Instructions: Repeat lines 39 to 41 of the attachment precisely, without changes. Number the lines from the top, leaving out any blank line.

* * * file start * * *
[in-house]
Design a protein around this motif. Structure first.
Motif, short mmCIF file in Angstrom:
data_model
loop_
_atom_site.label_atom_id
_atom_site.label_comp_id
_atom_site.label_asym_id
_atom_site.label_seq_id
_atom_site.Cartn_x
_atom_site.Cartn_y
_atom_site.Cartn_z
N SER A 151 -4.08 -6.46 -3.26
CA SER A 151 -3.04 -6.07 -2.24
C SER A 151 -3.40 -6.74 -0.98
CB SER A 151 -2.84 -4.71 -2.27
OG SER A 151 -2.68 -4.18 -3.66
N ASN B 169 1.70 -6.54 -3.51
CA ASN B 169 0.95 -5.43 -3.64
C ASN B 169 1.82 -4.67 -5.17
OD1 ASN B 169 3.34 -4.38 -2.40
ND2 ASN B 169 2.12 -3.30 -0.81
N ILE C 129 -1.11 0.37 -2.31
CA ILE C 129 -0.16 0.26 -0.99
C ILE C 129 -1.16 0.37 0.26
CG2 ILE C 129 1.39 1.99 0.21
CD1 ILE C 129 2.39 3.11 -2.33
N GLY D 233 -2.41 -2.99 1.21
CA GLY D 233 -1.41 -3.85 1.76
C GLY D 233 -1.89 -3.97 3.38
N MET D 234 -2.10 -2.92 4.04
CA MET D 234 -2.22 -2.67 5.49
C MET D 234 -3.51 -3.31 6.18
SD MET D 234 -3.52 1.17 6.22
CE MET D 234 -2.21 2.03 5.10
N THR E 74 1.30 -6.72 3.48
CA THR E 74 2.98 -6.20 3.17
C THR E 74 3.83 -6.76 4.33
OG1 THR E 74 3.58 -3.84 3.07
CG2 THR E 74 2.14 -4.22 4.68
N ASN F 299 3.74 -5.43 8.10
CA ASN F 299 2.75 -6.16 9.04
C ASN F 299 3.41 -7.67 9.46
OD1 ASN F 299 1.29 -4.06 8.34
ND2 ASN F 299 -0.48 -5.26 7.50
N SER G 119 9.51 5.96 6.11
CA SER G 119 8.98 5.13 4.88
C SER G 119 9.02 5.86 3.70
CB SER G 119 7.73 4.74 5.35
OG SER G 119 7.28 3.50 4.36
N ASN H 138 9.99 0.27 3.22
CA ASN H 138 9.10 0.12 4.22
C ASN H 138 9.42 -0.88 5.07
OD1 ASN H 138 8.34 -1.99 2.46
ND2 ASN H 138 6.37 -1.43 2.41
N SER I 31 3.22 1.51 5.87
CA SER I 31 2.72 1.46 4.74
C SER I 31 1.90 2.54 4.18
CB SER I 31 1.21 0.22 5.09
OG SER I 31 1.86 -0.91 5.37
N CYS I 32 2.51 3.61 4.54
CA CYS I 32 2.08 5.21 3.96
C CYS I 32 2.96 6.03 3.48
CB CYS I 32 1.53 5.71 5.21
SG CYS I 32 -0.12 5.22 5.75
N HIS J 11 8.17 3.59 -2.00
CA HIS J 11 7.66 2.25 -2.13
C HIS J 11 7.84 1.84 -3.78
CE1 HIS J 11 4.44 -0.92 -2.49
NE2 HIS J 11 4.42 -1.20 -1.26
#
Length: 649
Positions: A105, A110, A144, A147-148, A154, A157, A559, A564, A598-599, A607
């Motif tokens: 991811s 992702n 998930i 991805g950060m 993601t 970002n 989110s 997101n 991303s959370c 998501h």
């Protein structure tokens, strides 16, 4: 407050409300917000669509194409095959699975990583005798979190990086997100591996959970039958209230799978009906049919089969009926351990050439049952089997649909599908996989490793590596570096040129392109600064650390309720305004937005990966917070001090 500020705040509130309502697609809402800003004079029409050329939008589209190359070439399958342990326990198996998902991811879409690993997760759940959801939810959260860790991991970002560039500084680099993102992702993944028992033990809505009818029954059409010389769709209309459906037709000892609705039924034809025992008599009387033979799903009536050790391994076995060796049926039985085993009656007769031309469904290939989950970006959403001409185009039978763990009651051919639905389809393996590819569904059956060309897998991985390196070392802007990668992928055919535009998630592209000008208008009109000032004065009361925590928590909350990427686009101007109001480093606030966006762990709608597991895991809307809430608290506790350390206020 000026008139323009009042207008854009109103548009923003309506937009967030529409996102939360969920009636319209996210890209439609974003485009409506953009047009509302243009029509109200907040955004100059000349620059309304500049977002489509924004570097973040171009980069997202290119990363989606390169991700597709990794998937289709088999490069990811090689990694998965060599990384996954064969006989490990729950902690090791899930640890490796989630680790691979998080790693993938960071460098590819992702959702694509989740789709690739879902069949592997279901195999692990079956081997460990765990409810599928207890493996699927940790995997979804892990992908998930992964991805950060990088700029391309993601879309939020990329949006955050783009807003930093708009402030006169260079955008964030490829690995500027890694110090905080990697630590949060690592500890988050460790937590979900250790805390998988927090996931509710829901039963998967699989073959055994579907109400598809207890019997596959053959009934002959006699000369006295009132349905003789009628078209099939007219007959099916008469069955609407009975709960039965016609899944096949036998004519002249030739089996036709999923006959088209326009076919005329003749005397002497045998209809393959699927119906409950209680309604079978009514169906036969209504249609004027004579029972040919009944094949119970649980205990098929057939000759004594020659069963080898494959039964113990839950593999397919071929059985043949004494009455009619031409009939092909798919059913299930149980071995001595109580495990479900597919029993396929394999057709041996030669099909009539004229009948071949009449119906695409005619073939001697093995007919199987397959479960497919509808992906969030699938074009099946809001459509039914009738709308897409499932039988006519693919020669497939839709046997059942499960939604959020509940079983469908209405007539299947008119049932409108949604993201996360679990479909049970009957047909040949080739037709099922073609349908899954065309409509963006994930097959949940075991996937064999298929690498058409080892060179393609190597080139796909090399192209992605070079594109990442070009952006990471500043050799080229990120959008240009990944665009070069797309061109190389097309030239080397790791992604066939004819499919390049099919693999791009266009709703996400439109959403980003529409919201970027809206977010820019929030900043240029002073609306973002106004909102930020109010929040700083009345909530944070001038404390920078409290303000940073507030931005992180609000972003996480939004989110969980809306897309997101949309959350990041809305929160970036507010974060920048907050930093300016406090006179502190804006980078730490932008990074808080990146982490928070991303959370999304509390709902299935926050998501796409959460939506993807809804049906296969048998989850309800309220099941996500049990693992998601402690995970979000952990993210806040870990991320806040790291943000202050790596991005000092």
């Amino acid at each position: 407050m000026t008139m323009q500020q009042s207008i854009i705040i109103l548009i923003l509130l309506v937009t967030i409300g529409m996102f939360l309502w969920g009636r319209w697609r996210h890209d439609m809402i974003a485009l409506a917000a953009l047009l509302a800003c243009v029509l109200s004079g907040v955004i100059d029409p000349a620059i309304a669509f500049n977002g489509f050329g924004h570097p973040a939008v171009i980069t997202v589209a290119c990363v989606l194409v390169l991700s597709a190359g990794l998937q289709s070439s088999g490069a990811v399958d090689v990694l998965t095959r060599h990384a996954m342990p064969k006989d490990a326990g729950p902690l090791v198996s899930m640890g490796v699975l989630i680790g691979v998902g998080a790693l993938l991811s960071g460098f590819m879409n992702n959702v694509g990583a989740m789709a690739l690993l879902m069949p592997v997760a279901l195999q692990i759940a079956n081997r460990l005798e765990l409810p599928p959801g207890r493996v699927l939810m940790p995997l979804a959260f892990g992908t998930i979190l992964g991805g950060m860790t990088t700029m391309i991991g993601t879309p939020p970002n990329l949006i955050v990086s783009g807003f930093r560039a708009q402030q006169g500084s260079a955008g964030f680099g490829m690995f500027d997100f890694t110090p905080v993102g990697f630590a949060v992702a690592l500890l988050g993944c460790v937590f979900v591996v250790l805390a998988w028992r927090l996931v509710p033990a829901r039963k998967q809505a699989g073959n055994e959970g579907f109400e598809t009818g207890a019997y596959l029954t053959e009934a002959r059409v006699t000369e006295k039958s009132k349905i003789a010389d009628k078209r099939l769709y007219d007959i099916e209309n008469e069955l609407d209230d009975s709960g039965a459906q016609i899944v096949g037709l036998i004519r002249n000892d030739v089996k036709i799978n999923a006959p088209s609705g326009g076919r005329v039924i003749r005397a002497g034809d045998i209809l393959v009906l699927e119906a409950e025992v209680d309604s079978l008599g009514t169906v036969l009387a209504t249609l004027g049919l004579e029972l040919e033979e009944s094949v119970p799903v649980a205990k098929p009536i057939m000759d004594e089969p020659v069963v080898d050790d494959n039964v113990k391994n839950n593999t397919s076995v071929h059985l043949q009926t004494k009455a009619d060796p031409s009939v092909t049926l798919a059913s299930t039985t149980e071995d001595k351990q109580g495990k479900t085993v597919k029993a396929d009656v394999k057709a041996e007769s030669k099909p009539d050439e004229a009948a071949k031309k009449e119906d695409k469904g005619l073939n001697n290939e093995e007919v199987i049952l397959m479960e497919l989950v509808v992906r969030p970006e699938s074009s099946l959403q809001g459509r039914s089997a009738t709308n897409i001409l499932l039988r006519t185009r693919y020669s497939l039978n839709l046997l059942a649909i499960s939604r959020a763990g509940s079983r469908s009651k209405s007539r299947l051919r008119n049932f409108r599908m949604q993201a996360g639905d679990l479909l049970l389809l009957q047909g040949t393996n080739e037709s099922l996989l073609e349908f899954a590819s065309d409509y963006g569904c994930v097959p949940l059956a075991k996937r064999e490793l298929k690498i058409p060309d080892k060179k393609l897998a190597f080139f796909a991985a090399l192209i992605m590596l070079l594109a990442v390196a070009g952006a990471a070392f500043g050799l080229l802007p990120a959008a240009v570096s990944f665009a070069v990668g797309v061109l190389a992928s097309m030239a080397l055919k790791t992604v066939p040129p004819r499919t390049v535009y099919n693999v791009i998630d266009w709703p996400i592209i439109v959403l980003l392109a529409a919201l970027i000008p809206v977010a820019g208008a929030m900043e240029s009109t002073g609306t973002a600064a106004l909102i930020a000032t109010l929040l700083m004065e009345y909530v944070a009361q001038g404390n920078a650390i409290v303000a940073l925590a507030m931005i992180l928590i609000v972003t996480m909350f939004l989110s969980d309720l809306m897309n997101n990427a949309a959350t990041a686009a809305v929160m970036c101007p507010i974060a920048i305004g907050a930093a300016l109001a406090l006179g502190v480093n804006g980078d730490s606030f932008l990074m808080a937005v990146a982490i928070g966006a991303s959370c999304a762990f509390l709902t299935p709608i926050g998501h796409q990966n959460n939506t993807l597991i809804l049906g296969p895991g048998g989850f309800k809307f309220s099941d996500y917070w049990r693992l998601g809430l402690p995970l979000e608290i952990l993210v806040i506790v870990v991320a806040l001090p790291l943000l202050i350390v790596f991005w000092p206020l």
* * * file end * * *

OG1 THR E 74 3.58 -3.84 3.07
CG2 THR E 74 2.14 -4.22 4.68
N ASN F 299 3.74 -5.43 8.10